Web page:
Without a building department or staff planner, occasionally the town of Hayden must seek the services of engineers, attorneys and planners when reviewing large projects.
The costs of such services are hard to predict and not easily laid out at the beginning of the review process, so Town Manager Russ Martin wants to enact a development review fee agreement in which developers would accept the responsibility of costs associated with external services.
The Hayden Planning Commission will discuss the agreement Thursday night.
"My feeling is it's better to put that up front to developers so there are no surprises," Martin said.
It's unnecessary to pay the salary of a staff planner when there is not a steady stream of large development proposals in Hayden. But at the same time, developers need to know there are external review costs sometimes not covered by the small set fee specified in the town code, Martin said.
"This is in anticipation of something larger we can't take care of in-house," he said.
A summary of anticipated fees would accompany the agreement.
Also on Thursday, planning commissioners will discuss adding an ordinance to the town code that clearly defines the site plan review process for subdivisions and commercial and industrial projects.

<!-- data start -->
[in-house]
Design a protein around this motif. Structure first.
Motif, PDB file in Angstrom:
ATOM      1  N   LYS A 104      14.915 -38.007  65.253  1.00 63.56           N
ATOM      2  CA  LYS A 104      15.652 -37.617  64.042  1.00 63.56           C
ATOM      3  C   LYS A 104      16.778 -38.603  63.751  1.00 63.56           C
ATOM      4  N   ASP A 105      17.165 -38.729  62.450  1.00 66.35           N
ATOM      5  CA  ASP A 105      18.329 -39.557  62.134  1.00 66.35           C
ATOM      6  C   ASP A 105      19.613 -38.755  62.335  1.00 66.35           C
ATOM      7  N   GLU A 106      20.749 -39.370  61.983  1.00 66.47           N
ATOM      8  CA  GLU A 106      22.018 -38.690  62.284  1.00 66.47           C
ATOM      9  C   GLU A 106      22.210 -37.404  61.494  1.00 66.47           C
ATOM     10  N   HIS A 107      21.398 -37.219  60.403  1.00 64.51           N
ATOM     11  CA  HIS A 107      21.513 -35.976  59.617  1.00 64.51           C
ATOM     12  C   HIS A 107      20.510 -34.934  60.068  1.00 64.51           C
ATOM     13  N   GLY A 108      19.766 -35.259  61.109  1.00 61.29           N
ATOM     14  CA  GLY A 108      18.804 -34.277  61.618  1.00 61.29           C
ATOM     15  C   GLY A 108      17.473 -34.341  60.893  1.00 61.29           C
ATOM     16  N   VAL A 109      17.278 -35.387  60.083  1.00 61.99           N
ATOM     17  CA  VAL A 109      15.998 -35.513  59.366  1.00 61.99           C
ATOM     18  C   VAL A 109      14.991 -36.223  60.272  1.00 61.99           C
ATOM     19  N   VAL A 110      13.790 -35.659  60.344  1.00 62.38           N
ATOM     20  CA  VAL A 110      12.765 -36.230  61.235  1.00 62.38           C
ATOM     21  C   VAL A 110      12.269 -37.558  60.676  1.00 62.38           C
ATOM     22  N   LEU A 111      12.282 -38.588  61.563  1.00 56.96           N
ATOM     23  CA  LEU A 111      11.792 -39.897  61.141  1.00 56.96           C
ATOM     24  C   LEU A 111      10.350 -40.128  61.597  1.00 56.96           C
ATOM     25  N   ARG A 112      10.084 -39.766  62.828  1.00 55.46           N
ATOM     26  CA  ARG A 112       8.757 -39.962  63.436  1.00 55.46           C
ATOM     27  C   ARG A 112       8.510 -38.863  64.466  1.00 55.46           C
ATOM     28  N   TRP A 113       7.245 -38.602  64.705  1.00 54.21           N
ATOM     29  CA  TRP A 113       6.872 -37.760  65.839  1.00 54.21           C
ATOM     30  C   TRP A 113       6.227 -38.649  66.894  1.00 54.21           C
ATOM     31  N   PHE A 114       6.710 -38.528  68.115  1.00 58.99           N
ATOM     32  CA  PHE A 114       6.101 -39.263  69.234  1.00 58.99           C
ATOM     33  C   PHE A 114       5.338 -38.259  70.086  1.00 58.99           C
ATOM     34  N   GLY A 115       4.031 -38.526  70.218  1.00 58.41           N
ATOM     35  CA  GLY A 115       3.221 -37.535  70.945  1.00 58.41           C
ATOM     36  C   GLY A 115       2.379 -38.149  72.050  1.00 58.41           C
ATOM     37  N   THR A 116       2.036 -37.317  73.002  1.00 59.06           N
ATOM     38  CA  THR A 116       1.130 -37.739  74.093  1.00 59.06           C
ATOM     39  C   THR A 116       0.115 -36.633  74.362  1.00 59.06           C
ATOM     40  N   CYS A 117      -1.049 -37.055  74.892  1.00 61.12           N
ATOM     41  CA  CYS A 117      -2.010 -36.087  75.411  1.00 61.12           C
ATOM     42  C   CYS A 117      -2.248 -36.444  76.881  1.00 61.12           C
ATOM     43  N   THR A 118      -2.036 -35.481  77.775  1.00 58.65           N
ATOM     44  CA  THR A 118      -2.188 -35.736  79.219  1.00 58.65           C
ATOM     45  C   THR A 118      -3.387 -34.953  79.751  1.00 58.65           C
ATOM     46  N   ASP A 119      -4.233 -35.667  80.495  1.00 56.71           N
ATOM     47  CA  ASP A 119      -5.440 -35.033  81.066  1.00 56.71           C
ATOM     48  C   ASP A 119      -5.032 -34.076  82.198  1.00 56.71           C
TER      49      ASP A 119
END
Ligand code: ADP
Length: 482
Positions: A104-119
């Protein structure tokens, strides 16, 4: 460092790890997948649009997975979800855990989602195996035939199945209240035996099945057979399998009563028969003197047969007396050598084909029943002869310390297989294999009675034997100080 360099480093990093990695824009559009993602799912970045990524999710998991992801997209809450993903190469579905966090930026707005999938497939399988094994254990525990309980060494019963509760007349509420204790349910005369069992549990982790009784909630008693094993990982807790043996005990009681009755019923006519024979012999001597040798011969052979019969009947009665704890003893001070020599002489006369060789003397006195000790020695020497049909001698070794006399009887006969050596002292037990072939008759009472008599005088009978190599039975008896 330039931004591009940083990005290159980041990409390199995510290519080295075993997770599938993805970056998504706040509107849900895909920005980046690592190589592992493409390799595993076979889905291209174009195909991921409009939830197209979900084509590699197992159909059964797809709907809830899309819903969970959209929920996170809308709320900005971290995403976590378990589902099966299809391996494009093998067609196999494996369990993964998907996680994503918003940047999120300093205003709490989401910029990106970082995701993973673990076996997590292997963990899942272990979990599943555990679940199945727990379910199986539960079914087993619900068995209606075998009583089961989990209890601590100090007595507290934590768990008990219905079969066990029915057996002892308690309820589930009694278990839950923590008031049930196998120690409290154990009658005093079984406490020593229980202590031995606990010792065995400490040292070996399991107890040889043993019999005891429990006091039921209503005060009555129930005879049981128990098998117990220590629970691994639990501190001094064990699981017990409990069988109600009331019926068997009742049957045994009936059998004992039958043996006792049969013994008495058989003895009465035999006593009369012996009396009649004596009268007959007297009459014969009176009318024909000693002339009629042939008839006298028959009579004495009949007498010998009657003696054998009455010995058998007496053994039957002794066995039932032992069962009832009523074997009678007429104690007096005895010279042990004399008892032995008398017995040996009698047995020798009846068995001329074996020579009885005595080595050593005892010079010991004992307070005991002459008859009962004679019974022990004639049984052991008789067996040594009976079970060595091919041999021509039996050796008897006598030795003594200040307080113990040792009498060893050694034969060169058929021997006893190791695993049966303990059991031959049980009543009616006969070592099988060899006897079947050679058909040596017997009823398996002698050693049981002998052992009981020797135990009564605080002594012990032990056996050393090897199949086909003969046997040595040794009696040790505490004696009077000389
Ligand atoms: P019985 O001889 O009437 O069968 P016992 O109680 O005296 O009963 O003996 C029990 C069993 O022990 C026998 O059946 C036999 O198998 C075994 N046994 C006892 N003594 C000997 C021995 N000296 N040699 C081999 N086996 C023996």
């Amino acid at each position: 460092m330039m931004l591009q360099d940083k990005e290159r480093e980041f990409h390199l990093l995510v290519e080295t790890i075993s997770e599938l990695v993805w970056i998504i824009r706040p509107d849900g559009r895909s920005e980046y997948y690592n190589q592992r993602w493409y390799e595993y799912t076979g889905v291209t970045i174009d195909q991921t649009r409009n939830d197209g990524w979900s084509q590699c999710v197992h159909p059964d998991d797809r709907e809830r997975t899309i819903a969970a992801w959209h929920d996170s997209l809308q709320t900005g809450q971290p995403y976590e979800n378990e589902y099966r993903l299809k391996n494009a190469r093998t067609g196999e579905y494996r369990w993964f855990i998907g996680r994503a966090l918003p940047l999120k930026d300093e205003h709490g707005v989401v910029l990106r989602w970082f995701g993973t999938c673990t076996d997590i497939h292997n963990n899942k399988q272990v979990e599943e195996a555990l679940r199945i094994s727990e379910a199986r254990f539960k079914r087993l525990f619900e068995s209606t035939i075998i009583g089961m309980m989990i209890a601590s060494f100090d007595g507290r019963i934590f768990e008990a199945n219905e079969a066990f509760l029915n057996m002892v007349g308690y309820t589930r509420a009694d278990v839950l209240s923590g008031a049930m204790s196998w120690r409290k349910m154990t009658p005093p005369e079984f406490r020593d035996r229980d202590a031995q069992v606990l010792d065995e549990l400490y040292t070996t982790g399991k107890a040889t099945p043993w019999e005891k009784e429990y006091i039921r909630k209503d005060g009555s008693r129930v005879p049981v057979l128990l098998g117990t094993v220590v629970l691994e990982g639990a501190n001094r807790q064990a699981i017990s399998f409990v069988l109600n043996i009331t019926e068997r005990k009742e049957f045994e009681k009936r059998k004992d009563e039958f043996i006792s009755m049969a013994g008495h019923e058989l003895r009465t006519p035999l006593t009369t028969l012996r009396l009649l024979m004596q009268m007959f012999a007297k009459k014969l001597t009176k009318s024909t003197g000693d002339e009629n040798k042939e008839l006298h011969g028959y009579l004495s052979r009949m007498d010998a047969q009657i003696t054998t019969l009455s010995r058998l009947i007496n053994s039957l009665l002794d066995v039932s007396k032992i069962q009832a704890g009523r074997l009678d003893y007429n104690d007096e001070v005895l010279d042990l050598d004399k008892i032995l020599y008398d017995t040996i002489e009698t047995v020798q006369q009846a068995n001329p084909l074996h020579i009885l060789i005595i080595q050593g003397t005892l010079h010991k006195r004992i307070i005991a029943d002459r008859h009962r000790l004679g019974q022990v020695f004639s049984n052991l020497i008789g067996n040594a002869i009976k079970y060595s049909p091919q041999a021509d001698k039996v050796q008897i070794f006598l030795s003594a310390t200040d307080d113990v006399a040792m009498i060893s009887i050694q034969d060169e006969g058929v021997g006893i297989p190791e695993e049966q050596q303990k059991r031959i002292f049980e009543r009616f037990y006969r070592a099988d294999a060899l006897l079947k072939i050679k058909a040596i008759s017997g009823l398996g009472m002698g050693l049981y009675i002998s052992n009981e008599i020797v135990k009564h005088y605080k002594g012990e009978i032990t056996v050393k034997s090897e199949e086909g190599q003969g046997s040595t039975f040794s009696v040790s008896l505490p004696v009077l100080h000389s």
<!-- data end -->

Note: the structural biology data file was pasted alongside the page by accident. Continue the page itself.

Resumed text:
The ordinance will include provisions for necessary data and application materials as well as aspects that the commission will consider in the process such as building and site character, parking and loading, trails and sidewalks and storm water and site drainage.
The ordinance also would detail when public meetings regarding a project need to take place and the appeals process if an application is denied.
"It formalizes the process so everybody knows what's expected of them, including the Planning Commission," Martin said, noting that the process will not apply to single-family homes.
During the meeting, the commission also will consider a minor subdivision proposal for a lot on the northwest corner of Sixth Street and U.S. Highway 40.
William and Andrea Hayden want to split the lot into two, one containing the Hayden Mercantile and the other the planned Mountain Valley Bank. The owners would be responsible for extending city services to the new building.
Subdividing the lot would be more convenient for leasing purposes and legal paperwork, Martin said.